UNITED STATES NEWS

US Border Patrol has released thousands of migrants on San Diego’s streets, taxing charities

Oct 10, 2023, 5:45 PM

Migrants line up to take a bus to the airport Friday, Oct. 6, 2023, in San Diego. San Diego's well-...

Migrants line up to take a bus to the airport Friday, Oct. 6, 2023, in San Diego. San Diego's well-oiled system of migrant shelters is being tested like never before as U.S. Customs and Border Protection releases migrants to the streets of California's second-largest city because shelters are full. (AP Photo/Gregory Bull)

(AP Photo/Gregory Bull)

 

SAN DIEGO (AP) — Over five years, the largest U.S. city on the Mexican border developed a well-oiled system to shelter asylum-seekers.

That system is being tested like never before as U.S. Customs and Border Protection releases migrants to the streets of California’s second-largest city because shelters are full. Since Sept. 13, about 13,000 have been dropped at transit stations with notices to appear in immigration court at their final destinations in the U.S., with about 500 more arriving daily.

Migrant aid groups blame a mix of circumstances for the shelter crunch: reduced government funding; CBP’s practice of sending migrants from Texas and Arizona to be processed in San Diego; and a surge in illegal crossings. Last week, President Joe Biden’s administration advanced plans for a border wall in Texas’ Rio Grande Valley and said it would resume deportation flights to Venezuela.

Before they are released in San Diego, some migrants being dropped off have been waiting between a double-layer border wall or camping under Border Patrol watch in remote mountains east of the city. CBP closed a major pedestrian border crossing from Tijuana, Mexico, on Sept. 14 and assigned more officials to processing migrants.

“Many do not know where they are, that this is San Diego, this is (the) San Diego region, the nearest airport is San Diego and how to get to their final destination. That is what we’re trying to provide support with,” said Paulina Reyes-Perrariz, managing attorney for Immigrant Defenders Law Center’s cross-border initiative.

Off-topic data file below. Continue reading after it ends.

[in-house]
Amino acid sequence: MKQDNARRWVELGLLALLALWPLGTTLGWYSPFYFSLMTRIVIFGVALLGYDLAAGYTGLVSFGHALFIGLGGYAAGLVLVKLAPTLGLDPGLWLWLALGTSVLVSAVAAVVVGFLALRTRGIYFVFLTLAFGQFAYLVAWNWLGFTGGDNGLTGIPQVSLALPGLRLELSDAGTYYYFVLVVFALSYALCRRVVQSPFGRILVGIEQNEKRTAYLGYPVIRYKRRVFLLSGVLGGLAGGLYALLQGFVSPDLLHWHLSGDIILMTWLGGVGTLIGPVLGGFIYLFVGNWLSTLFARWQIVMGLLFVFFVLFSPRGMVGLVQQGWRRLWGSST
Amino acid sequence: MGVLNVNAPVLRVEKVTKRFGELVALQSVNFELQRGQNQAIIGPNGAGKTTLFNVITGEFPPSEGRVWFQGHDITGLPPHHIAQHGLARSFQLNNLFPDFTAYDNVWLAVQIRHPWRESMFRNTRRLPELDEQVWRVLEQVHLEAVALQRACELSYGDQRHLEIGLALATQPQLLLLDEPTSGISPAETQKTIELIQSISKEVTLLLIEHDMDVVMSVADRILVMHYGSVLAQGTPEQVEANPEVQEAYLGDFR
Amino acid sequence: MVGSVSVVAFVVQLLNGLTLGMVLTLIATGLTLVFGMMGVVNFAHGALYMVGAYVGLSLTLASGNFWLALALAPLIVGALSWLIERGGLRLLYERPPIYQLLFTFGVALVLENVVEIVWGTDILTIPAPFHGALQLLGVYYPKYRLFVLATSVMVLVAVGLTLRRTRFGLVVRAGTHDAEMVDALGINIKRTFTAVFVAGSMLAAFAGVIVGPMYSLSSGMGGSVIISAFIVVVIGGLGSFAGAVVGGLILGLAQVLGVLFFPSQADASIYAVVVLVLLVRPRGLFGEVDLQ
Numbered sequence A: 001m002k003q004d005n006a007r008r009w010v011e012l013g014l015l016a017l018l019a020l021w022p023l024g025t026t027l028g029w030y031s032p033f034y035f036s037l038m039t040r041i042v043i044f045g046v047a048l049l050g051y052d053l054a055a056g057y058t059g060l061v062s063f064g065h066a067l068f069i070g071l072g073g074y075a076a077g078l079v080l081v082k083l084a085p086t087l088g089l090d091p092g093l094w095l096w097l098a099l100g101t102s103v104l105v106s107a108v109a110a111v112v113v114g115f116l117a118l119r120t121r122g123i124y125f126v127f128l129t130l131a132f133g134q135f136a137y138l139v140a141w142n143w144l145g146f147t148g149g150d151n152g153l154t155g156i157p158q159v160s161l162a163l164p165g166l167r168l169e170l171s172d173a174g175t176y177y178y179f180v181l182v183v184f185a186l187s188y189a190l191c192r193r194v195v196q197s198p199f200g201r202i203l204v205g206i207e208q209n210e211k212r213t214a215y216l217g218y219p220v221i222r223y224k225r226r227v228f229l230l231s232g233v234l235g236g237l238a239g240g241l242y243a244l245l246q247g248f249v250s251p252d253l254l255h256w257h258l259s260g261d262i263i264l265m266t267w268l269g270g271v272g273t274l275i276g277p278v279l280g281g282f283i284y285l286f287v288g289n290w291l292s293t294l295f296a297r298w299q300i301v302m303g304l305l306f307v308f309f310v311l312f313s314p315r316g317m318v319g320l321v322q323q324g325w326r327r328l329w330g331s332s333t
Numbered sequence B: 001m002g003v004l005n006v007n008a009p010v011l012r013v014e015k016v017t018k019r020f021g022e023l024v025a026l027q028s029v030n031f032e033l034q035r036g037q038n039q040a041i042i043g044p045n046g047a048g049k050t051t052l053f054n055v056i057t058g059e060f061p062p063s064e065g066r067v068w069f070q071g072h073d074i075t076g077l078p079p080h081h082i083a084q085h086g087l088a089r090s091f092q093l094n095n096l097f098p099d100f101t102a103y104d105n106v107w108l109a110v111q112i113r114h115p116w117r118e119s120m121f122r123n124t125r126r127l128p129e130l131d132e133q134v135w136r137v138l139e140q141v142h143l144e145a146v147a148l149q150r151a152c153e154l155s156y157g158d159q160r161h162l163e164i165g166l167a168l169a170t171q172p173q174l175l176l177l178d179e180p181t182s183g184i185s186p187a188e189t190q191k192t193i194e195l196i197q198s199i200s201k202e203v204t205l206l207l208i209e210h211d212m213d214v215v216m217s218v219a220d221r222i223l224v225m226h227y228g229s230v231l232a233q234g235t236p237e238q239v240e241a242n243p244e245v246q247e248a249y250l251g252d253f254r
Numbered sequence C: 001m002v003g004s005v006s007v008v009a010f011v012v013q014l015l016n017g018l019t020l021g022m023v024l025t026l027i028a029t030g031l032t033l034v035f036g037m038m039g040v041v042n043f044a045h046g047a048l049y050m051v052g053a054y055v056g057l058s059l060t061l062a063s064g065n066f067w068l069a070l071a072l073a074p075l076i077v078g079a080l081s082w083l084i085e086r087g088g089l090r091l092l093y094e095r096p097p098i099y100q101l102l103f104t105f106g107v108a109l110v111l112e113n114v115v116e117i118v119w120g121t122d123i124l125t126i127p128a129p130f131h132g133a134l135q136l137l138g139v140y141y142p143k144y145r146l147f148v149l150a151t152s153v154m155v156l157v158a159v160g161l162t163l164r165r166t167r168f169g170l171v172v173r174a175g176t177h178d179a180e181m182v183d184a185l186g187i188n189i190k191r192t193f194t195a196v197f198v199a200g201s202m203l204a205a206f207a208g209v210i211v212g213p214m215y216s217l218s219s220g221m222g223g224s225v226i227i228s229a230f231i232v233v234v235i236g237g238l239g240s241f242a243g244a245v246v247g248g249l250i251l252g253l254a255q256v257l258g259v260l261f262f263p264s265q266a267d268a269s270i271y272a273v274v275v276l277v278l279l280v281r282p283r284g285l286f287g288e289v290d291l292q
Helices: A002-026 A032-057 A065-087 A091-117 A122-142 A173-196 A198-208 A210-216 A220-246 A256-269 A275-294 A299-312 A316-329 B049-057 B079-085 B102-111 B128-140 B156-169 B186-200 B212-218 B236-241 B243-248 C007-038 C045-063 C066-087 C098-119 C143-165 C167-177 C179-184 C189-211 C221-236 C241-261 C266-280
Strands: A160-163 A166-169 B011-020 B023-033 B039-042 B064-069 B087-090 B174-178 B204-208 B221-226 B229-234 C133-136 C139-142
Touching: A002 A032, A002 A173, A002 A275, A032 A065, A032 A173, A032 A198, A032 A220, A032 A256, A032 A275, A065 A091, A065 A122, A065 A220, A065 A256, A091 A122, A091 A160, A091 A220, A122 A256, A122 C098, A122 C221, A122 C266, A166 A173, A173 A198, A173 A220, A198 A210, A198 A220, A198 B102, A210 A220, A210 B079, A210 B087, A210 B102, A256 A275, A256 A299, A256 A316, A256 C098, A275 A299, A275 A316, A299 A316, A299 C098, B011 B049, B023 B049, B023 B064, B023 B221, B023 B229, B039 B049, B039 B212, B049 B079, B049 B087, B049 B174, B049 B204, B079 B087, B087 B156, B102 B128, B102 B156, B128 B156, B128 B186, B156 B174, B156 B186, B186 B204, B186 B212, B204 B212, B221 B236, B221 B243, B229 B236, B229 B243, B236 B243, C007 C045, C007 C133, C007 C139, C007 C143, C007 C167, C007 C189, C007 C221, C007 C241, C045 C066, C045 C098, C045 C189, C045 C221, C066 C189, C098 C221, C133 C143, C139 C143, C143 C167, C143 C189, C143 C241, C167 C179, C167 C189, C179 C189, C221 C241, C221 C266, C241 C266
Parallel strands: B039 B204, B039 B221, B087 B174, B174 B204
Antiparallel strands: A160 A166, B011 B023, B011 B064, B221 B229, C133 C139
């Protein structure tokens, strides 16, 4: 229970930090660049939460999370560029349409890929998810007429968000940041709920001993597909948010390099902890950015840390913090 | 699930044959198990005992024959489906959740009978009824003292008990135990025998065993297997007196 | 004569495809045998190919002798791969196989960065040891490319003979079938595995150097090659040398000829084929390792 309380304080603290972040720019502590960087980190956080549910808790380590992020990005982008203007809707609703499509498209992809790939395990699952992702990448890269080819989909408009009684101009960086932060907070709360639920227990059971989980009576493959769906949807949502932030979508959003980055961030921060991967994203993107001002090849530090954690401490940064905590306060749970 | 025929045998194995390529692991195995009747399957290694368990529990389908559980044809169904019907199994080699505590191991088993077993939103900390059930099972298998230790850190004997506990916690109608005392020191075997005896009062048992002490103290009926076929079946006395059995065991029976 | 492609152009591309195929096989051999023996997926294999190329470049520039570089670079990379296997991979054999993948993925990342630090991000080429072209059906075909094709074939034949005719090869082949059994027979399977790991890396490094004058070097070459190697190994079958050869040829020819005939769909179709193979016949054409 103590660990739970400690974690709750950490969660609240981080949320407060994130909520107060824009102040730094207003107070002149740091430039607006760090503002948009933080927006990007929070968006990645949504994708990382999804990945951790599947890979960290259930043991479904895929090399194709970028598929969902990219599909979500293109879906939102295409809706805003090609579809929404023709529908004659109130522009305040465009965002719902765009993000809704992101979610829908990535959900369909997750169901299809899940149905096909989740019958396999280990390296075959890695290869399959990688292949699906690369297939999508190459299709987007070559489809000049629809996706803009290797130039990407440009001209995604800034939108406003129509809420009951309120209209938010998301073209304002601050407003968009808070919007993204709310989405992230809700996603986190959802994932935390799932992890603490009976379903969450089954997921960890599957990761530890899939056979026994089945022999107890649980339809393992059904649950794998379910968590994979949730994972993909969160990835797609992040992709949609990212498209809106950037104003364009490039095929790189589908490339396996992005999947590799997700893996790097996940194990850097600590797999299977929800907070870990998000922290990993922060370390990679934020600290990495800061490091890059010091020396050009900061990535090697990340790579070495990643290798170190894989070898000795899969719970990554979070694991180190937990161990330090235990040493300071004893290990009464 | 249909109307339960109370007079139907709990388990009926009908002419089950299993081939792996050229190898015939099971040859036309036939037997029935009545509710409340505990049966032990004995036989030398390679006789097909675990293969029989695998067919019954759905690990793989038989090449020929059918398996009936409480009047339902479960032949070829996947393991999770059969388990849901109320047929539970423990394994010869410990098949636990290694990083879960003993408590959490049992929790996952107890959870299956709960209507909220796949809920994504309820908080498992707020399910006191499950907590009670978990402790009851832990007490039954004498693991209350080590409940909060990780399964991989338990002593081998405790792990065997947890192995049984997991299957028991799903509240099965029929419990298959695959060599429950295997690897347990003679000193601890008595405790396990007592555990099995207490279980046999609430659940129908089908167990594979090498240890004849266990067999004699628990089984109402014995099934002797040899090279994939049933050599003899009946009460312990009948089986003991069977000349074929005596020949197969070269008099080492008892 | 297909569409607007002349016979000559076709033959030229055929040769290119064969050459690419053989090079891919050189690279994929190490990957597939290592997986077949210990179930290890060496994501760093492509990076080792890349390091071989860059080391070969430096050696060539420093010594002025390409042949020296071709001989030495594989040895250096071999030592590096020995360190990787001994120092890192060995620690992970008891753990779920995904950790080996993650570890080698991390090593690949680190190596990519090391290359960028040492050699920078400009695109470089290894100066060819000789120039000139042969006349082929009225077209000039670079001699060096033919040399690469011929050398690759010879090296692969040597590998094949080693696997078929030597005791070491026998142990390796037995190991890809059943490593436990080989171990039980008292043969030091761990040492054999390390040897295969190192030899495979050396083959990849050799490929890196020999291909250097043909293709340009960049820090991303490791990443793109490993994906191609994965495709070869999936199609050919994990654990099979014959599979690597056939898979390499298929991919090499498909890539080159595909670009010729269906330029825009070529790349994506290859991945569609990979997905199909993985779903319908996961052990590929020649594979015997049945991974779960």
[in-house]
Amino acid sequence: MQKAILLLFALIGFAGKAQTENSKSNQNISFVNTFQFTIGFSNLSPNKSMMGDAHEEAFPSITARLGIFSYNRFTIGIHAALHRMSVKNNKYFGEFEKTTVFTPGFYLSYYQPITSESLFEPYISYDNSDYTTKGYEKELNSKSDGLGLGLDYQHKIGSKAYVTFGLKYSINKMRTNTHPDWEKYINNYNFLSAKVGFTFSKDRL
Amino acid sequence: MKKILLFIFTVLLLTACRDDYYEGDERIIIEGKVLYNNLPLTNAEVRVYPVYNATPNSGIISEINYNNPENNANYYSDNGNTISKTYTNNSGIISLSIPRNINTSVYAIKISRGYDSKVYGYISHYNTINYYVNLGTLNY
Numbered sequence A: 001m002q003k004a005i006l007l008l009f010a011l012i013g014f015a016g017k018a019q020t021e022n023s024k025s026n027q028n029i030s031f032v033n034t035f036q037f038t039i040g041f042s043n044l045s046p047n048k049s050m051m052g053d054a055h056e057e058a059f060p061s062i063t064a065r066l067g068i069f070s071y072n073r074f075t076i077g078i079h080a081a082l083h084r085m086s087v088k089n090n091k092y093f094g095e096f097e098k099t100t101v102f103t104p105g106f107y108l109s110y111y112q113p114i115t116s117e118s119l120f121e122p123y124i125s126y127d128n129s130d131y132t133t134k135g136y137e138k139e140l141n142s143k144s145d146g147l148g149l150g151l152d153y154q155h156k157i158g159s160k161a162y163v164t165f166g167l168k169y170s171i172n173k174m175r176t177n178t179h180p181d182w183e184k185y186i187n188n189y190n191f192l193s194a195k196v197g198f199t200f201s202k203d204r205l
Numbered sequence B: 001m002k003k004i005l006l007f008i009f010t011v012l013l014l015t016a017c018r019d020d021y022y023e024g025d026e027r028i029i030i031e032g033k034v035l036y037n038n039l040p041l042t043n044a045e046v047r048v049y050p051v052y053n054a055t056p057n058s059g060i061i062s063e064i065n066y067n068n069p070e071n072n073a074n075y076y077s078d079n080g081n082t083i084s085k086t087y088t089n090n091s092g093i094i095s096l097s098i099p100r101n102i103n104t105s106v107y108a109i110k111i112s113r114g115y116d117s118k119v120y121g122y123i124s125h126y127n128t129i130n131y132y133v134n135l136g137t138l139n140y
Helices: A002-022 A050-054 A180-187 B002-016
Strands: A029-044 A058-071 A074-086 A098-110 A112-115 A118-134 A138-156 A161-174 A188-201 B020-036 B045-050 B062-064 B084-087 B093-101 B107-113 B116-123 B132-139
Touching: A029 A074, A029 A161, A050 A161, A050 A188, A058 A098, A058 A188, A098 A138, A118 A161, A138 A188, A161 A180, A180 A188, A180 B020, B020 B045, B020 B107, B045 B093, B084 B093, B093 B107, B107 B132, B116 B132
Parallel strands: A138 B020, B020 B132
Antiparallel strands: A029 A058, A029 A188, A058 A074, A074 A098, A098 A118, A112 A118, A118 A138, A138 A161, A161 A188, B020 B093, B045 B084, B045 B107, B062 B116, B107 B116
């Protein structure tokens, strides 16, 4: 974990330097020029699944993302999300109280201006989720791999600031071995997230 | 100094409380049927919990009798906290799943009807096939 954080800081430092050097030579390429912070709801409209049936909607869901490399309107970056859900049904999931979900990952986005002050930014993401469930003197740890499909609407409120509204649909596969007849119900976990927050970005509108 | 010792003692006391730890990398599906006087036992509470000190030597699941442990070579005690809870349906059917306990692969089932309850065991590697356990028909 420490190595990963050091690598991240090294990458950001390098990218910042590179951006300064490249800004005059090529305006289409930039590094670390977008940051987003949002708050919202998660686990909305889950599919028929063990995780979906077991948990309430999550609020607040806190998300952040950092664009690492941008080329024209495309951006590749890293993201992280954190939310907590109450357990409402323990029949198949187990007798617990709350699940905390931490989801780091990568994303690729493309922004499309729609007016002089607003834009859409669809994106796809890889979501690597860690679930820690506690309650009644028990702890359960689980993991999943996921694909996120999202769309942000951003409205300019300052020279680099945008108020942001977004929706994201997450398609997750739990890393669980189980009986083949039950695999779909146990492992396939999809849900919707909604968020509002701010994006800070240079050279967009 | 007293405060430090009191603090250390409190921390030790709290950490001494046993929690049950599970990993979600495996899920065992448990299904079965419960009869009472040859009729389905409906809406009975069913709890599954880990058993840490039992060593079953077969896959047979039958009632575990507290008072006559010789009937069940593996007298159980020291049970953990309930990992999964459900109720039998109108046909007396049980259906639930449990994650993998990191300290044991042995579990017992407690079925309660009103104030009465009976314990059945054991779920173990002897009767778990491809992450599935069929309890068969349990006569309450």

Illegal crossings topped a daily average of more than 8,000 last month after a lull following the start of new asylum restrictions in May had diminishing impact and people from dozens of countries, notably Venezuela, were drawn by prospects of jobs and safety.

Similar to other U.S. border cities, about 95% of migrants in San Diego quickly move to other parts of the country. That’s a sharp contrast to cities far from the border, such as New York and Chicago. But the constant churn of exhausted, disoriented migrants from more than 100 countries has created other strains that the San Diego County government calls “an unprecedented humanitarian crisis.”

Last week, after a community recreation center could no longer handle the flow of migrants, the Border Patrol resumed drop-offs at a transit center. Arrivals from China, India, Brazil, Ecuador, Colombia and many west African countries filled a parking lot to charge phones, eat, use the bathroom and wait for free shuttle buses to the airport. “Is California far from here?” an Eritrean man asked volunteers.

Shuttles were announced in Spanish and Arabic. Al Otro Lado, a group aiding migrants, is seeking volunteers who speak Russian, Pashto, Creole, French, Portuguese, Amharic, Hindi, Mandarin, Somali, Turkish and Vietnamese.

“It’s a brief moment of intervention before they can move on to be connected with their loved ones,” said Kate Clark, senior director for immigrant services at Jewish Family Service of San Diego.

Shelters still accommodate families with young children, members of the LGBTQ+ community, the elderly and medically frail. The drop-offs are largely for single adults.

Since 2018, Jewish Family Service of San Diego and Catholic Charities together have helped more than 430,000 migrants in the region.

But Catholic Charities of San Diego recently halved capacity at the two hotels where it houses migrants to about 800 people, who stay an average of less than two days, said CEO Vino Pajanor. “The major issue” is less federal funding as San Diego competes with New York and other cities for support to aid migrants, he said.

Jewish Family Service has maintained shelter capacity at about 950 at a hotel and another large facility.

CBP did not respond to questions about the drop-offs. The Department of Homeland Security said last month that it has given $790 million for migrant shelters this year and asked Congress for an additional $600 million.

Aid groups say government support is needed even for the services at the San Diego transit center parking lot, where migrants get travel advice from volunteers over the steady noise of railroad crossing bells and bus horns. County supervisors on Tuesday were set to consider whether to spend $3 million to keep the service for three months.